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Problem Description:
When working on WordPress based projects we always use get_posts() or WP_Query() to get posts and its details. But there are some situations when we need to optimize query more for faster response. Lets consider a situation where we want to display some post related data through AJAX (say: the post’s title and its publish date) in an auto complete box. In this case we need to fetch the posts as much fast as we can. How can we achieve faster reponse from WP query ?

Before that, lets see what excatly taking more time to fetch and provide response. If you see the execution flow and the functions being called in XDEBUG PROFILER, for get_posts() or new WP_Query(), it always try to keep the fetched data inside Cache which is unnecessary for the above situation. What can we do to optimize this query execution and stop updating the Cache which we are not going to use in future. For reference, if you see the below snapshot, the actual function get_results() used to talk to database and fetch the post details takes less time( 263 ms ) whereas update_post_caches() function takes way more time ( 16,982 ms ).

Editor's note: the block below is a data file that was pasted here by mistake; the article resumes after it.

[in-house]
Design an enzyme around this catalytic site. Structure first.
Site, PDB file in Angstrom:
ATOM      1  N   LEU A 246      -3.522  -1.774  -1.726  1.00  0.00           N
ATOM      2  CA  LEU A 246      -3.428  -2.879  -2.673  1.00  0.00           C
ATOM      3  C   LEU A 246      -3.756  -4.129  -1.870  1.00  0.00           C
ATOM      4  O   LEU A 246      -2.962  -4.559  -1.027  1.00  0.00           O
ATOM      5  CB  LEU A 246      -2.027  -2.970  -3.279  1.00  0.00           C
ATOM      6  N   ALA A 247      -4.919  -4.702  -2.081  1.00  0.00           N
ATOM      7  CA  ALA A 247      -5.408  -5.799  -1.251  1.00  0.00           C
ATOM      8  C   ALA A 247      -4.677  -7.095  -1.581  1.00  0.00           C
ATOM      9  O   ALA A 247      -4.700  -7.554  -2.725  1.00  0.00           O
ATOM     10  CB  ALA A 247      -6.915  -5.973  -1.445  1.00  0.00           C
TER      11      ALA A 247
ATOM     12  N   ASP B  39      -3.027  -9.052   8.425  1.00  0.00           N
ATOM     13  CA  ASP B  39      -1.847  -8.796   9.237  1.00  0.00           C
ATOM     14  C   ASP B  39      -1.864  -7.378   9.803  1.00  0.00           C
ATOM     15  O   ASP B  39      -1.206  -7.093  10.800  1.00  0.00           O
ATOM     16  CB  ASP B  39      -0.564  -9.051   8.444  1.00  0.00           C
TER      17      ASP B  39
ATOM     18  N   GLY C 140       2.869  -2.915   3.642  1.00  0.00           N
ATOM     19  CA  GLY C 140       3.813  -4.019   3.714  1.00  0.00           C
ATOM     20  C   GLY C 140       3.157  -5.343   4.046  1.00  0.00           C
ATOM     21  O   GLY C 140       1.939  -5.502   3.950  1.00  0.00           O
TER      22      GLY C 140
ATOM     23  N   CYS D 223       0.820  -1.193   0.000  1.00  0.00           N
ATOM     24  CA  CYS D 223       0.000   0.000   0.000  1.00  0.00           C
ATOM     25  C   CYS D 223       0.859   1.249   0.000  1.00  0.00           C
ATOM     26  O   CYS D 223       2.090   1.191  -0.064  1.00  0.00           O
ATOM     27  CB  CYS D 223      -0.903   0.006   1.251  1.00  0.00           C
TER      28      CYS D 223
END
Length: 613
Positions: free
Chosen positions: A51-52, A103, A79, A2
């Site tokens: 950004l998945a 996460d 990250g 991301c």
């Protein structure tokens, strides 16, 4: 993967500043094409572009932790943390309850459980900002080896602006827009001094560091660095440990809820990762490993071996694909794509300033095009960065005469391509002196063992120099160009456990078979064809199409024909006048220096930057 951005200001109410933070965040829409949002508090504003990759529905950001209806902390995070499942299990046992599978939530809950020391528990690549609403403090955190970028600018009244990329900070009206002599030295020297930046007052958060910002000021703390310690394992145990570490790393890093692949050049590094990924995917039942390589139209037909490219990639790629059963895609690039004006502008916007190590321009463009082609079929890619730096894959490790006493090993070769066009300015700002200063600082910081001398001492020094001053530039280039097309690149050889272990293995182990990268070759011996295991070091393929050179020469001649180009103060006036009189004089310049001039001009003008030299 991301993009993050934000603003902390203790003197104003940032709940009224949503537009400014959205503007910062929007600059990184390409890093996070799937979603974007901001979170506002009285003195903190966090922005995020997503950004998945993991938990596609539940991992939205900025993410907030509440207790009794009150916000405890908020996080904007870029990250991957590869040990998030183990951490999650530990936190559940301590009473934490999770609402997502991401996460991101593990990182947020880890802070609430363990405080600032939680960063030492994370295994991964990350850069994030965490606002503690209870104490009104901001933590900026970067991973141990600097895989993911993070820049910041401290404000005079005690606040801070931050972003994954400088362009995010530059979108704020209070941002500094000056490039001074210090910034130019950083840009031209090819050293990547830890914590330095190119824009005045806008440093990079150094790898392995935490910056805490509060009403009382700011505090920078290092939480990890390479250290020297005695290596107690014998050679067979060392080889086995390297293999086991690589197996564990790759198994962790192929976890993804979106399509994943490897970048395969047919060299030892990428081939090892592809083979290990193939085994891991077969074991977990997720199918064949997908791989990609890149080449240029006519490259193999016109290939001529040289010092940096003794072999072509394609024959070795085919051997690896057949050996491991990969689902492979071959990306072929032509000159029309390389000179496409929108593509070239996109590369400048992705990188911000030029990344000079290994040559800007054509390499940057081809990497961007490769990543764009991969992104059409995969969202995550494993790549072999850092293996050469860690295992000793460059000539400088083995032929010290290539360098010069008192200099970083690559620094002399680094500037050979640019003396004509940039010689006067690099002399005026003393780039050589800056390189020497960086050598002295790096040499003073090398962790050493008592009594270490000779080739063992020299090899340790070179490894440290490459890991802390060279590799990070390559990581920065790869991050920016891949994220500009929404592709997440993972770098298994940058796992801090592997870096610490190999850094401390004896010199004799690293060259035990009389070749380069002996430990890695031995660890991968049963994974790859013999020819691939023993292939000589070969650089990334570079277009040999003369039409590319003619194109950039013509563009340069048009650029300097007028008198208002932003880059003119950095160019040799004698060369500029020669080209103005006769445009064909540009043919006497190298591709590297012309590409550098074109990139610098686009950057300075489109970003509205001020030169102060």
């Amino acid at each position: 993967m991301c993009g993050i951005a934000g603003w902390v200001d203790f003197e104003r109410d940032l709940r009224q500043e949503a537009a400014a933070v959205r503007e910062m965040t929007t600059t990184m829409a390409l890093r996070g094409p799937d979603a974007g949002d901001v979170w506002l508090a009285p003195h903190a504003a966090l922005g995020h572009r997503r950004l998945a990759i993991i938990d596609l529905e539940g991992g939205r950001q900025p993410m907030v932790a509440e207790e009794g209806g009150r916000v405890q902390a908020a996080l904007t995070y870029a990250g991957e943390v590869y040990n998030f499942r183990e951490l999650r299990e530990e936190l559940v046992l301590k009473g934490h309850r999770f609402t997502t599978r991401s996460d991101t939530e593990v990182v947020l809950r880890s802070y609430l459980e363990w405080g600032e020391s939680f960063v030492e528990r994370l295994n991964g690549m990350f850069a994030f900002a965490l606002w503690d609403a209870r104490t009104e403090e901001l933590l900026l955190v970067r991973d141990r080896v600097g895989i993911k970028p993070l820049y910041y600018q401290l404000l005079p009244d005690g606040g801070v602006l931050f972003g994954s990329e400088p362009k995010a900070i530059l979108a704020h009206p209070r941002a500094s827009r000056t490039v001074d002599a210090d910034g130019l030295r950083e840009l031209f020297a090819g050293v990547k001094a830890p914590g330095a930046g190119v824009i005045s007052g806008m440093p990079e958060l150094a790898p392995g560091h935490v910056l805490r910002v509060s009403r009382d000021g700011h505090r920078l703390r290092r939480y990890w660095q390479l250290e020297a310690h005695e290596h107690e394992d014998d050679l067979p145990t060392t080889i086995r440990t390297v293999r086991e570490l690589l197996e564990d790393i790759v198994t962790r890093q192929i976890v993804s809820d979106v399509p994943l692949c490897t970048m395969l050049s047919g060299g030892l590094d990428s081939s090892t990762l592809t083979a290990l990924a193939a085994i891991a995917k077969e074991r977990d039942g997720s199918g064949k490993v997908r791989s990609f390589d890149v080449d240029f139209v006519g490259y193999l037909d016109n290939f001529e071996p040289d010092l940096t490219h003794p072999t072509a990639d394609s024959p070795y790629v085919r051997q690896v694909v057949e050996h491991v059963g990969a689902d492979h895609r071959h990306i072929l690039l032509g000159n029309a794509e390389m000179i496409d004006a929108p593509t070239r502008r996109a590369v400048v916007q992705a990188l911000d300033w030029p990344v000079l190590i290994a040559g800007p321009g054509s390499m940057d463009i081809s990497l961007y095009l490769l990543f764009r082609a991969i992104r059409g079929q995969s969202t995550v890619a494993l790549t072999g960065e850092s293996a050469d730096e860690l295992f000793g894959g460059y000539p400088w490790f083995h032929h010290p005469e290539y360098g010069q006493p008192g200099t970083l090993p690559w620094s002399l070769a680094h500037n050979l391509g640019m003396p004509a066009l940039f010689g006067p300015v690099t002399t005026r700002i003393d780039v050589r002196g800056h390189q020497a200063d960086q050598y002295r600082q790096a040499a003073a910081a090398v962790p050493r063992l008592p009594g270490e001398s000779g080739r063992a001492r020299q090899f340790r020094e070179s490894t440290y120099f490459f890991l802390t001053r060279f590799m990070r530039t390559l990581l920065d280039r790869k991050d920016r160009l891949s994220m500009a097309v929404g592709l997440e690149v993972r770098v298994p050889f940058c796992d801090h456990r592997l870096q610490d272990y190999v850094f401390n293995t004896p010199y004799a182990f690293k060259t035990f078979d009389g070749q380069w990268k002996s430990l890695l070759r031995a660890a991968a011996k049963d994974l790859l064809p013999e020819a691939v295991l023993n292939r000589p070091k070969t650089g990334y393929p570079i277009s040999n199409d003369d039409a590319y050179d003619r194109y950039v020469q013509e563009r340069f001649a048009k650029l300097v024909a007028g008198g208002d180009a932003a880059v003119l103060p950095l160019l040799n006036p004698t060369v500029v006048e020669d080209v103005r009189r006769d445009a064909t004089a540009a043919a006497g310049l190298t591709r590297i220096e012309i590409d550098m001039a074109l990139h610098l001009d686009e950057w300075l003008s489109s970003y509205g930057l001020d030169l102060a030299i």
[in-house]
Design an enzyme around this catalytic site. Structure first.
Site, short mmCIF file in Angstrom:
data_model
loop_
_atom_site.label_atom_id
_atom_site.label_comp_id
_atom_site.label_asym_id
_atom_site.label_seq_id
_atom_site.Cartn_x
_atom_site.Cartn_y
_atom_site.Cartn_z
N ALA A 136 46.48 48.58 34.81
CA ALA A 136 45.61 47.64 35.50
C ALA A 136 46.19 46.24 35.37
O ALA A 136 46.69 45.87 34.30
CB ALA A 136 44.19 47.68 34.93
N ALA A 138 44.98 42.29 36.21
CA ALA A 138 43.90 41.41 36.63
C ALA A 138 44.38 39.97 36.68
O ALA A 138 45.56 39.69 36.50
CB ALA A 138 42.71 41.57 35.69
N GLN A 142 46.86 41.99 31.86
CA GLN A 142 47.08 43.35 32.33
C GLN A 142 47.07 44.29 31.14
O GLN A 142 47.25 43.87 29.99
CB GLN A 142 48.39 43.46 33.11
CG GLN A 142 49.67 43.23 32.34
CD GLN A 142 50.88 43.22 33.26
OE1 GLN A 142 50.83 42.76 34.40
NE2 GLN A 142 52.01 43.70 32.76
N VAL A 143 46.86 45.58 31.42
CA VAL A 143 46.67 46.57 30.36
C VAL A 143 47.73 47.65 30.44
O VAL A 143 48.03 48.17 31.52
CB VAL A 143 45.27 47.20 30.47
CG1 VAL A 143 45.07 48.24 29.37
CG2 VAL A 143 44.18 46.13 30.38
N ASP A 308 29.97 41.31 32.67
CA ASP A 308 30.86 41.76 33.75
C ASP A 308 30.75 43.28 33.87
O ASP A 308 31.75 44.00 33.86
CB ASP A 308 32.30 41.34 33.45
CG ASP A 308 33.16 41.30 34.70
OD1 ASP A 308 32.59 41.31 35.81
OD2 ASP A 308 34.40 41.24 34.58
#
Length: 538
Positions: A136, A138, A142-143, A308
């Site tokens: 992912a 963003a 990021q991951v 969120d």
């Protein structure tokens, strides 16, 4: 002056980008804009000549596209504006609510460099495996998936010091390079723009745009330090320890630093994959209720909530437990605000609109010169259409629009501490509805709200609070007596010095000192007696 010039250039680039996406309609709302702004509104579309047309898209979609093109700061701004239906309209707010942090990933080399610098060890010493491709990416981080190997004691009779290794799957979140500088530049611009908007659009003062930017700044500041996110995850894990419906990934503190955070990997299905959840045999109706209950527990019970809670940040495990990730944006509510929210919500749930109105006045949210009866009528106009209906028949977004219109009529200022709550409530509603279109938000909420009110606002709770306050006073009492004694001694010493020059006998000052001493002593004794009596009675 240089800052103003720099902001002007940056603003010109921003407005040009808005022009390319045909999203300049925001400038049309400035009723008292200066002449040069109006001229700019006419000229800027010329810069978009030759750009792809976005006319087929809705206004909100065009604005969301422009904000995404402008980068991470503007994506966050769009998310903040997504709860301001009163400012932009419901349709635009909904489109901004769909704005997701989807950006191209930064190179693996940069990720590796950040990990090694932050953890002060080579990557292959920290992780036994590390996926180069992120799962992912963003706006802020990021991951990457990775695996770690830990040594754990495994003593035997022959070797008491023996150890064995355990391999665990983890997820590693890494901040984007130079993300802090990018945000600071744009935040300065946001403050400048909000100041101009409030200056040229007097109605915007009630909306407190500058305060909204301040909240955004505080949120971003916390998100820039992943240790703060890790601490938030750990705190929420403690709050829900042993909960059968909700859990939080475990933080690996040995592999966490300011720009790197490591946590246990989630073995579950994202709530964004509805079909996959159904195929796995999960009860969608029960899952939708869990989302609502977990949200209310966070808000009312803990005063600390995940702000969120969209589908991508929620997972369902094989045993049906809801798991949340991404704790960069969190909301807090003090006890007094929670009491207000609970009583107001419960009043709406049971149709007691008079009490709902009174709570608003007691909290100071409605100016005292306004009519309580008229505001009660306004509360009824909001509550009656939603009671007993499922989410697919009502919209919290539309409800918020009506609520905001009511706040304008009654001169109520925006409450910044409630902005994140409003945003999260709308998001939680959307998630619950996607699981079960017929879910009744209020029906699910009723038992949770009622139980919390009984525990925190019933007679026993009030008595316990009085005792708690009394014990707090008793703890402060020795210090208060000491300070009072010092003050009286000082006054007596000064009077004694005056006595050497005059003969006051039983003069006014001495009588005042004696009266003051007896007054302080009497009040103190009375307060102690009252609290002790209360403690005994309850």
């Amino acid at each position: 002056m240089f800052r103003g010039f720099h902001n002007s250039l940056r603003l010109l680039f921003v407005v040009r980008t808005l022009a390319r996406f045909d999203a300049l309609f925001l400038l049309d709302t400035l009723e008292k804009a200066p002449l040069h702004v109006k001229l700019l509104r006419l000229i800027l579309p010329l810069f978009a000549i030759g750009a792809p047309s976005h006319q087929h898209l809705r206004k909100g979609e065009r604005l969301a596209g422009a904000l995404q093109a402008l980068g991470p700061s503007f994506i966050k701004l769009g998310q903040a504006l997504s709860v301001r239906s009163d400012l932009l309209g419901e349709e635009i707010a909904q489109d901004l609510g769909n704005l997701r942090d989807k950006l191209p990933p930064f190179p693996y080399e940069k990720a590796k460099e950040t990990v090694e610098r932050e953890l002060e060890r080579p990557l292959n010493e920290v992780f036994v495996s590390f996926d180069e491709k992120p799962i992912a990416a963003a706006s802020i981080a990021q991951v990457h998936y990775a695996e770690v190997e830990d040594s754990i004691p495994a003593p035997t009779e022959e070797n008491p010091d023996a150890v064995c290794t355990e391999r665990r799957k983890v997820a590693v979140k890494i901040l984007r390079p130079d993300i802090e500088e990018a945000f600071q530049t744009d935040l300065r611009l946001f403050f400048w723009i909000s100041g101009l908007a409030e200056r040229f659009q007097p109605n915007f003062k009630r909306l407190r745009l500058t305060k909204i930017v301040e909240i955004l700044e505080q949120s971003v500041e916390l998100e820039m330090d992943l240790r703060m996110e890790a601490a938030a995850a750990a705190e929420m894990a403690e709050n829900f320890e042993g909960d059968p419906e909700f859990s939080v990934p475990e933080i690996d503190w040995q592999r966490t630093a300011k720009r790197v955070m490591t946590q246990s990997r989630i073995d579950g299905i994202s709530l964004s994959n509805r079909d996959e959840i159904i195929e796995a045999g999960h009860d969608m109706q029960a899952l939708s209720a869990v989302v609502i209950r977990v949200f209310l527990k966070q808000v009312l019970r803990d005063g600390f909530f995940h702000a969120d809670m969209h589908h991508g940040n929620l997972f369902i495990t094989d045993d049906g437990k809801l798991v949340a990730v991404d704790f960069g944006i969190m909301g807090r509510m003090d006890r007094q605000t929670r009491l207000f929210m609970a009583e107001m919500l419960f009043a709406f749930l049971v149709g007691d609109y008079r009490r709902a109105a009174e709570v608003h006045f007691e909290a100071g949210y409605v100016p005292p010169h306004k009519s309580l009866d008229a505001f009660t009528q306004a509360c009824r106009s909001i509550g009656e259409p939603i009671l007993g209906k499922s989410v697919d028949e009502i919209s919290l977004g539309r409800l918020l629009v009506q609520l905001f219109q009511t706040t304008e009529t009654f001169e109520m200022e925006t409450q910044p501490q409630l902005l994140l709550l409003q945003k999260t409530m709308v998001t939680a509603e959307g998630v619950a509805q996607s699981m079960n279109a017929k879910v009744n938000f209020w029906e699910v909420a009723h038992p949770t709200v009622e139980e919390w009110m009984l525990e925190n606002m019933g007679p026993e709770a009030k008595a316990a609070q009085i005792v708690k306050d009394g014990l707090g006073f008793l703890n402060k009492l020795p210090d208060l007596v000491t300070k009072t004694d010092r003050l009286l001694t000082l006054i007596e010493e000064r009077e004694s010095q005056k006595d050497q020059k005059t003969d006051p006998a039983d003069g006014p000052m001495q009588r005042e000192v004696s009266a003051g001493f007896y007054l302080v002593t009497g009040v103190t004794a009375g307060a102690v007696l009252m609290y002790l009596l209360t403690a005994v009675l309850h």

WordPress Query Profiling - xdebug[ Click on the image to have a large & clear preview ]

Here are some parameters that we can use to optimize the WordPress query.

$post_query = new WP_Query(
		'post_type'              => 'post',
		'post_status'            => 'publish',
		'orderby'                => 'title',
		'order'                  => 'ASC',		
		'no_found_rows'          => true,
		'update_post_term_cache' => false,
		'update_post_meta_cache' => false,
		'cache_results'          => false

  • no_found_rows (boolean) – make it true when you don’t need any pagination
    and don’t need the count for total number of posts found.
  • cache_results (boolean) – Post information cache.
  • update_post_meta_cache (boolean) – Post meta information cache.
  • update_post_term_cache (boolean) – Post term information cache.

By using these parameters and passing values as FALSE, we can make the query faster by stopping some extra database queries being executed.

Note: We should not use these parameters always as adding things to the cache is the right thing to do, however these may be useful in specific circumstances and you should consider using when you know what you are doing. 🙂

For more information visit: http://codex.wordpress.org/Class_Reference/WP_Query#Caching_Parameters